Mountain West Tournament Preview and Postseason Awards

Ethan Miller/Getty Images
0 Comments

The goal of the Mountain West in recent years has been to get back to the days earlier this decade in which the conference could count on multiple teams going to the NCAA tournament. There’s still work to be done in this regard, as the 11 teams will arrive in Las Vegas knowing that only regular season champion Nevada is well positioned to hear its name called on Selection Sunday.

Despite seeing multiple players suffer injuries throughout the course of the season, Eric Musselman’s Wolf Pack won the Mountain West by two games. Led offensively by twins Caleb and Cody Martin, forward Jordan Caroline and guard Kendall Stephens, Nevada may not be that deep but the team doesn’t lack for talent or experience either.

That being said Nevada won’t lack for challenges in Las Vegas, especially with Fresno State and San Diego State on their side of the bracket. Leading the way on the bottom half of the bracket is two-seed Boise State, which has some work to do in order to ensure itself of an NCAA tournament bid.

Here’s a look at the 2018 Mountain West Tournament, an event that’s been won by the top seed twice in the last five seasons.

THE FAVORITE

Even with Saturday’s loss to San Diego State in the regular season finale, Nevada has earned the label of favorites heading into the tournament. Boasting a 15-3 league record, the Wolf Pack had the Mountain West’s most efficient offense and defensively led the conference in both effective field goal and three-point percentage defense. Nevada’s top four scorers, led by Caleb Martin at 19.5 points per game, have combined to account for nearly 65 points per game on the season. And without Lindsey Drew, who went down with a ruptured Achilles last month, the Martin twins, Caroline and Stephens have even more on their plates.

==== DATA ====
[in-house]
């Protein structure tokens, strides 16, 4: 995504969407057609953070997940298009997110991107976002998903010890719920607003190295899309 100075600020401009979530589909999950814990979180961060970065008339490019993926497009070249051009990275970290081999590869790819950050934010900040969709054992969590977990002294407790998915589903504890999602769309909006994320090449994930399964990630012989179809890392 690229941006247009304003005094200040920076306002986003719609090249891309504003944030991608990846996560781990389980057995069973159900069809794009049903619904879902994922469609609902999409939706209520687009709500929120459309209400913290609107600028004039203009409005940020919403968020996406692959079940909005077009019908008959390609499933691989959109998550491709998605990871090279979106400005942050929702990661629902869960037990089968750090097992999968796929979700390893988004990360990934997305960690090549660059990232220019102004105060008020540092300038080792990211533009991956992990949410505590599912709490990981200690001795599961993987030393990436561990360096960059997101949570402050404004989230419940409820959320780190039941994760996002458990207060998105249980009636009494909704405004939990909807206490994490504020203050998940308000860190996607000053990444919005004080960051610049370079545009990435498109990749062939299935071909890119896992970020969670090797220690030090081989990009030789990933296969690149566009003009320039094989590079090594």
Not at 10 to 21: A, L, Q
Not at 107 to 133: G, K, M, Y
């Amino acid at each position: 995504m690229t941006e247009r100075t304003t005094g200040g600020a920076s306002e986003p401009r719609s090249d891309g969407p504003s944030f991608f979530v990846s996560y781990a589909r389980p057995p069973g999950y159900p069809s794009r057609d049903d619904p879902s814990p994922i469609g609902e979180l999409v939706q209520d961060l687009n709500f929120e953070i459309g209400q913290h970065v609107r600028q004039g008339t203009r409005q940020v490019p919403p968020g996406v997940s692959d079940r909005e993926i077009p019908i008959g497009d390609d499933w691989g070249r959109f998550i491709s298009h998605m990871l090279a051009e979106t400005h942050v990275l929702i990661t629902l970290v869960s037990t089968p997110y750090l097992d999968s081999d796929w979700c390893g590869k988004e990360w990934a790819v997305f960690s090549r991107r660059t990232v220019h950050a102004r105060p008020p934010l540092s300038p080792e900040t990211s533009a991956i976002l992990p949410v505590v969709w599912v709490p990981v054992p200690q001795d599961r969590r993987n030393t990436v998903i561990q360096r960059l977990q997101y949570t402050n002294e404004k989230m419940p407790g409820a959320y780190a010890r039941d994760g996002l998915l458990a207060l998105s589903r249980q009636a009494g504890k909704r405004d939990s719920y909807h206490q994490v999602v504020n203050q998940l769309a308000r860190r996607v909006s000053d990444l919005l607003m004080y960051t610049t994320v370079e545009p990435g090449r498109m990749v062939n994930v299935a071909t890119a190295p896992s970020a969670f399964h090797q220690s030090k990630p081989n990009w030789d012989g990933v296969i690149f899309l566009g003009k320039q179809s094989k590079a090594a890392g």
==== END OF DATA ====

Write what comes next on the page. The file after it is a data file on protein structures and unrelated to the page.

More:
But if a Josh Hall, who chipped in with ten points in Nevada’s win at UNLV on February 28, or Hallice Cook can step forward this week that would bode well for the Wolf Pack. What also helps this team is the fact that they take care of the basketball, as their 9.1 turnovers per game were by far the least in the Mountain West. That being said, they’ve got a tough half of the bracket to navigate.

THE CONTENDERS

Boise State leads this list, due in large part to the presence of senior guard Chandler Hutchison. Averaging 19.5 points, 7.6 rebounds and 3.5 assists per game, Hutchison leads the Broncos in all three statistical categories. While Leon Rice certainly has other options he can call upon offensively, led by Christian Sengfelder and Justinian Jessup (who’s shooting 46.7 percent from three), when a big play needs to be made it’s Hutchison who will have the ball in his hands.

After Boise State, New Mexico and San Diego State both deserve mention. Paul Weir led the Lobos to a 12-6 record in league play, and after being stuck on the bench his first two seasons in Albuquerque Anthony Mathis has emerged as the team’s leading scorer. And UNM capped the regular season with a win over Fresno State. As for the Aztecs, after getting blown out by Nevada on February 10 Brian Dutcher’s team won its last six to finish the regular season. SDSU is balanced offensively, with Malik Pope leading four double-figure scorers, and freshman Jalen McDaniels is going to be a star in this league.

WHO NEEDS A WIN THE MOST?

Boise State. With Nevada due to pick up an at-large bid if it doesn’t win the tournament, that leaves the Broncos as the only other team in the Mountain West that has a shot at reaching the NCAA tournament if they don’t win the automatic bid. But that would likely require Boise State reaching Saturday’s title game, at minimum. A win over Utah State or Colorado State in the quarters won’t do much for their resume, and neither would a semifinal win over New Mexico/Wyoming/San Jose State. And it should be noted that if Nevada isn’t the opponent in the final, a close loss could spell doom for Boise State there as well.